As quickly as I emailed the photo, I got a reply from my wife–you can tie her hair back with a hair band, and that’s not how the bib goes on. Hair bands? What? What’s a hair band? And from her sister, Lila’s mother–”Hair bands are outside her bedroom.” What is all of this concern about her hair and something called a hair band? Too late anyway–we were already deep into the Cheerios. She ate a few handfuls, she drank the milk from her sippy cup, it was almost too easy. She pointed out the window. “Tree,” she might have said. I convinced myself she was saying it. I grabbed the newspaper and read her the headlines. We talked about the Olympics. She didn’t seem to have a favorite sport. She carefully examined the three-Cheerio clump that had emerged from the box all stuck together. Fascinating, I agreed. Finally, Lila tore off her bib–aha, my wife was right, this was clearly not how it was supposed to attach. Finished, she seemed to be indicating. I removed her from the high chair and carried her back upstairs for the big diaper change.
“Give her a toy to distract her,” I’d been told. And as I placed her carefully on the changing table, I grabbed the closest thing I could reach–a tube, as it turned out, of something called Boudreaux’s Butt Paste. She squeezed it–she loved it! I tore open the diaper package like a wild animal and pulled one out. Should have done that before Lila was on the changing table, I instantly realized. I got the diaper underneath her, removed the old one, and–wait, this was easier on a stuffed hippo. There’s no map, no markings to guide me–where does the top of the diaper go? Where’s the center? I fumbled with it, finally getting it around her, feeling confident–until I helped Lila to her feet–and realized the diaper was loose. Very loose. Barely on. And I definitely didn’t know where the ruffles were. Even more important–or, probably, much less important–she should probably be wearing clothes.
Failing to recognize that the piece of fabric that was placed outside the bedroom door was in fact an outfit her mother had picked out for her and not a hand towel, I found a dress that looked easy to slip over her head. “Not so fast,” she seemed to say, as she swatted my hand away. I tried again. Another swat. Again. Nope, this baby did not want to wear clothes. I tried to distract her with the tube of Butt Paste. Not good enough. We played an exciting game of “find the tiny specks of dust in the rug and point them out to me,” a talent that definitely passed through the genes to my wife as well. As nap time grew closer, I decided to table my attempts to get her dressed until after the next diaper change. I got her into her Woombie–well, she basically took charge of that process, since I can barely get a pillowcase correctly around a pillow, let alone a moving pillow with legs and feet–and set her down for her nap.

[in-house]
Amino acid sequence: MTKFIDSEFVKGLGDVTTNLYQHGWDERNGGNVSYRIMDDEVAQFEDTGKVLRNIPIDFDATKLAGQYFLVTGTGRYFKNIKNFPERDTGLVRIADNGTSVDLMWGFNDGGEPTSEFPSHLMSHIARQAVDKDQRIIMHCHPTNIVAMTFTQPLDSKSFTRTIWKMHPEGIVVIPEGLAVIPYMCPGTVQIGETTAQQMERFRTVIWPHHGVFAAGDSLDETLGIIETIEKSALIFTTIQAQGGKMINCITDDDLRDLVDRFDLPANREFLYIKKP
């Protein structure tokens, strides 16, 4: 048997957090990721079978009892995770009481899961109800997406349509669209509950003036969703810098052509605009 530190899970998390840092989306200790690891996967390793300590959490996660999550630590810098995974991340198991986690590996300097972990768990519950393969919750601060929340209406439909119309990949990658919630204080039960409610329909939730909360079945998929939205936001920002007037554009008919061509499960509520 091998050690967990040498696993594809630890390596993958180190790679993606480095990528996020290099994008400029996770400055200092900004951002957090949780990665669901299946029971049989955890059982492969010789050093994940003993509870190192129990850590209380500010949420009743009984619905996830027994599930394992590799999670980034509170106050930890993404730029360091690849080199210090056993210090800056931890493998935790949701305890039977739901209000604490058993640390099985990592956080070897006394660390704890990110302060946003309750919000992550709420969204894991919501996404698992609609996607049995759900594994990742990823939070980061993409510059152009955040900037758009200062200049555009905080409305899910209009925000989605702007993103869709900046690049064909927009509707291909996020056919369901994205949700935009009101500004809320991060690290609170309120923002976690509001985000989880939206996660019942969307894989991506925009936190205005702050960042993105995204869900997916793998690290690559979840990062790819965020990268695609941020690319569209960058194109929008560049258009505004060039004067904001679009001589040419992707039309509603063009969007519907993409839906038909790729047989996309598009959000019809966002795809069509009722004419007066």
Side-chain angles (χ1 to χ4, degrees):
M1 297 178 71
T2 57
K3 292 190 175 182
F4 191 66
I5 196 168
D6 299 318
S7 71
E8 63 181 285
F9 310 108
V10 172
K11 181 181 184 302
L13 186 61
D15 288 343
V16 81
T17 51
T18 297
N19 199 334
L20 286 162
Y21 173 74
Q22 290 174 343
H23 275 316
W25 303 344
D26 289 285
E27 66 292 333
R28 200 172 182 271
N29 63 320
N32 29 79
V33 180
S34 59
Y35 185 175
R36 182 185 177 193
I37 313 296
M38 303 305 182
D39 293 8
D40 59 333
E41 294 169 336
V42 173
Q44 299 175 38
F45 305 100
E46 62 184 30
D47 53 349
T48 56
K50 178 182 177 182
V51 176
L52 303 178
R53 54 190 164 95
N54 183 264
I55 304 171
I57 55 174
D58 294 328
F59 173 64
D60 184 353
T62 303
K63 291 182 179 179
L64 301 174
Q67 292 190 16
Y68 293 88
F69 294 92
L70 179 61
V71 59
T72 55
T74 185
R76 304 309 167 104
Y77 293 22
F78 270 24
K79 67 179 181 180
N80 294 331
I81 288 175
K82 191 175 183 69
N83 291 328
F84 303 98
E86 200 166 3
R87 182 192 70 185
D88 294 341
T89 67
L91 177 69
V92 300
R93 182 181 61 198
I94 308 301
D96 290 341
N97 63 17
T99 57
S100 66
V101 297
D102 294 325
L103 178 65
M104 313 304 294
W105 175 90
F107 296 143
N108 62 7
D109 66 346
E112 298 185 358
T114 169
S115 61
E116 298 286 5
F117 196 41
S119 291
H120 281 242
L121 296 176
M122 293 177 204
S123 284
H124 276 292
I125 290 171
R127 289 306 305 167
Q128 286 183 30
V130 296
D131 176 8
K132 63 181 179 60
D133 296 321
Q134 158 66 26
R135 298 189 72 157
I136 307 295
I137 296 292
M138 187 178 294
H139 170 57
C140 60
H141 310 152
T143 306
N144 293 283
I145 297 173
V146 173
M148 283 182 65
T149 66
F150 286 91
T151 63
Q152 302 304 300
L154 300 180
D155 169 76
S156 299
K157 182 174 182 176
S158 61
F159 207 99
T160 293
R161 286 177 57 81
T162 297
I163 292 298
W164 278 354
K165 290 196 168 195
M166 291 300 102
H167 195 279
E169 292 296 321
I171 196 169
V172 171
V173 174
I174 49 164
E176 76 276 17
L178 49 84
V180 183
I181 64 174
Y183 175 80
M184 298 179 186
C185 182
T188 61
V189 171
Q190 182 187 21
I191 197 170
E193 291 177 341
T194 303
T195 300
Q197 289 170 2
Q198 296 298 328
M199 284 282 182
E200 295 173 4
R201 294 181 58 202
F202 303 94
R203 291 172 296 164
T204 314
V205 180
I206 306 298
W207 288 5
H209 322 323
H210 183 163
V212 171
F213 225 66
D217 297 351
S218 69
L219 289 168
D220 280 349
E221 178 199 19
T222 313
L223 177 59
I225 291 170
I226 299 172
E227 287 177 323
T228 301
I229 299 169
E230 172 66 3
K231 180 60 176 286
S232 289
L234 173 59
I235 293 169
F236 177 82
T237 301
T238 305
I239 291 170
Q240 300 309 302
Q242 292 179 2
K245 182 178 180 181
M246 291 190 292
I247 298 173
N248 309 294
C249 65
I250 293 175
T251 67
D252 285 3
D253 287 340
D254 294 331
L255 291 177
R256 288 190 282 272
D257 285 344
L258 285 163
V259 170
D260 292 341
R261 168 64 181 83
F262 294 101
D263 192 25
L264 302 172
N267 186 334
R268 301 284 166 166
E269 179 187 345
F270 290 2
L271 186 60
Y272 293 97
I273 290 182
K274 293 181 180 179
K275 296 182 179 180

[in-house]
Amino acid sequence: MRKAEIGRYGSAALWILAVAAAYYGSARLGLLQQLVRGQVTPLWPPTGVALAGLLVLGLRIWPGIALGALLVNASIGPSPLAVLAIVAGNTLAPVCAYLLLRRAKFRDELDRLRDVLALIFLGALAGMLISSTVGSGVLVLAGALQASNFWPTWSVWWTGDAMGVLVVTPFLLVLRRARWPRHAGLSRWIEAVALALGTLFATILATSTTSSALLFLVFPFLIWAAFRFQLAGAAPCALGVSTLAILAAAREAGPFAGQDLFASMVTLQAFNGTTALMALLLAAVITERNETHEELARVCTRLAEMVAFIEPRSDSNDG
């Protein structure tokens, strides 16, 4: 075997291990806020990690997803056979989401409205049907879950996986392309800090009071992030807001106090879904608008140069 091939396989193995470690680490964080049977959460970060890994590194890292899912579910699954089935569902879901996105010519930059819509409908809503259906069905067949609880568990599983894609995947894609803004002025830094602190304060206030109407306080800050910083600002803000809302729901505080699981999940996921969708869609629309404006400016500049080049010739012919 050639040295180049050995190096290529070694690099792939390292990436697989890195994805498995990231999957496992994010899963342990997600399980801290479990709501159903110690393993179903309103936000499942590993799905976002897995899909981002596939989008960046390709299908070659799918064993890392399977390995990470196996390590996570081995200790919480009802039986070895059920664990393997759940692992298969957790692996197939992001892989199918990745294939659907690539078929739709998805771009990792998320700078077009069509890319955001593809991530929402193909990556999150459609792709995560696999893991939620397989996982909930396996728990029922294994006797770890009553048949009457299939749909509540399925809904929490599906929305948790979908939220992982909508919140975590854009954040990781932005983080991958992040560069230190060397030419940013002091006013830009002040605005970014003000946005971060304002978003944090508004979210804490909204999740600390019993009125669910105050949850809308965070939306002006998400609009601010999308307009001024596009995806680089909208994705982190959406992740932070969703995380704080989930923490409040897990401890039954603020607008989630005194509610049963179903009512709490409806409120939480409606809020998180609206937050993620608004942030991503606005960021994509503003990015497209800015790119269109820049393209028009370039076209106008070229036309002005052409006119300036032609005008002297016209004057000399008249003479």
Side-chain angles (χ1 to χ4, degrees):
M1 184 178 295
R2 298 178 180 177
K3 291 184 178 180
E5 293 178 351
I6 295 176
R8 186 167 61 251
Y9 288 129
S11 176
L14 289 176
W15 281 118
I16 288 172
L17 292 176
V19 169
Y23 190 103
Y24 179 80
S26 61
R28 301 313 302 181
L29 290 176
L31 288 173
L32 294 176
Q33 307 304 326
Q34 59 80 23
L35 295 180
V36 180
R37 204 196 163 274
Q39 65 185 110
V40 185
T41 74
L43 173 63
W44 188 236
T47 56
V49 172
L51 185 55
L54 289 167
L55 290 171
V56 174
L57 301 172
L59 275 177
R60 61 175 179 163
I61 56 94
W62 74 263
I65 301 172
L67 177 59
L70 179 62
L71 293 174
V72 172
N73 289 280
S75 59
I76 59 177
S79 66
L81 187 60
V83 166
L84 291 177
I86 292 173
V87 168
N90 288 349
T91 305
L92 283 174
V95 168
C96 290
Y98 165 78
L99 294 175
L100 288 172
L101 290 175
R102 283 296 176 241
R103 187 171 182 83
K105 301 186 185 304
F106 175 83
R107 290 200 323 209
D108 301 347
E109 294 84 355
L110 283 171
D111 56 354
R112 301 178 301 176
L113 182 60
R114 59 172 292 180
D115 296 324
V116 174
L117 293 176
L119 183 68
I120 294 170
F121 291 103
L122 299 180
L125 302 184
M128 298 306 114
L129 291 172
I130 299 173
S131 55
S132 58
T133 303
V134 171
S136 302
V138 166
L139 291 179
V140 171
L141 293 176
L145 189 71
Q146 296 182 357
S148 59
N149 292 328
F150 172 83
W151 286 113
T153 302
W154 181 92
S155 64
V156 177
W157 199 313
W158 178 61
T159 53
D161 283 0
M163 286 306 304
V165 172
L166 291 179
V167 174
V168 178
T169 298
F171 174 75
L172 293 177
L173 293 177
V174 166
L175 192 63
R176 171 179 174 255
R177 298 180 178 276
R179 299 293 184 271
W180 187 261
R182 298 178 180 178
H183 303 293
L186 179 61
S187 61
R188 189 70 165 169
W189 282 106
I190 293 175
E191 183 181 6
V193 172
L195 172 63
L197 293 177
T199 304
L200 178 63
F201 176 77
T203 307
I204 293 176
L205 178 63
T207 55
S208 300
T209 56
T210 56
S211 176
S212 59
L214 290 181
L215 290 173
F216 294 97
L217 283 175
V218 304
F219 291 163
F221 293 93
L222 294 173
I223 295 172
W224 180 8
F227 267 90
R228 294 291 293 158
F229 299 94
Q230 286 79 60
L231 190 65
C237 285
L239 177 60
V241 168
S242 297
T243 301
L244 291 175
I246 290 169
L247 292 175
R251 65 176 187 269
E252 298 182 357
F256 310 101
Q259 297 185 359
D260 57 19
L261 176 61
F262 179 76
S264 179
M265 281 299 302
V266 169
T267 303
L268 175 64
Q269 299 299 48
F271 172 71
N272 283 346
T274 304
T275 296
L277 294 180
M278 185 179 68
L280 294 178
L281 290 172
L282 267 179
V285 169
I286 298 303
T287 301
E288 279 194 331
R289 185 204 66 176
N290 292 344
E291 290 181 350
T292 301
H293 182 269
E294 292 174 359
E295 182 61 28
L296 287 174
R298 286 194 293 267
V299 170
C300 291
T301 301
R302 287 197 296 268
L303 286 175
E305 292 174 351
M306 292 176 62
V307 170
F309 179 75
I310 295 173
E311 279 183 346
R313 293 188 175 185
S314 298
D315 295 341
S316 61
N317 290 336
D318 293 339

Two naps, one more diaper change, thirty-seven used diaper wipes, half an avocado, a delicious sweet potato and apple yogurt (I really wanted to try it!), two bottles of milk, a 10-minute cut-short-by-the-heat venture outside to play in the yard, a thorough examination of every part of the living room’s rocking chair, and–finally–one possibly-backwards dress later, our tear-free (entirely tear-free!) day was complete, and I had a newfound bond with my niece. Two days later, when Lila was asked, “Who’s uncle Jeremy?” I got a little smile, and a tiny point of a tiny finger–and that finger point, well, it made it all worth it. Next time, I will even try my luck with a hair band.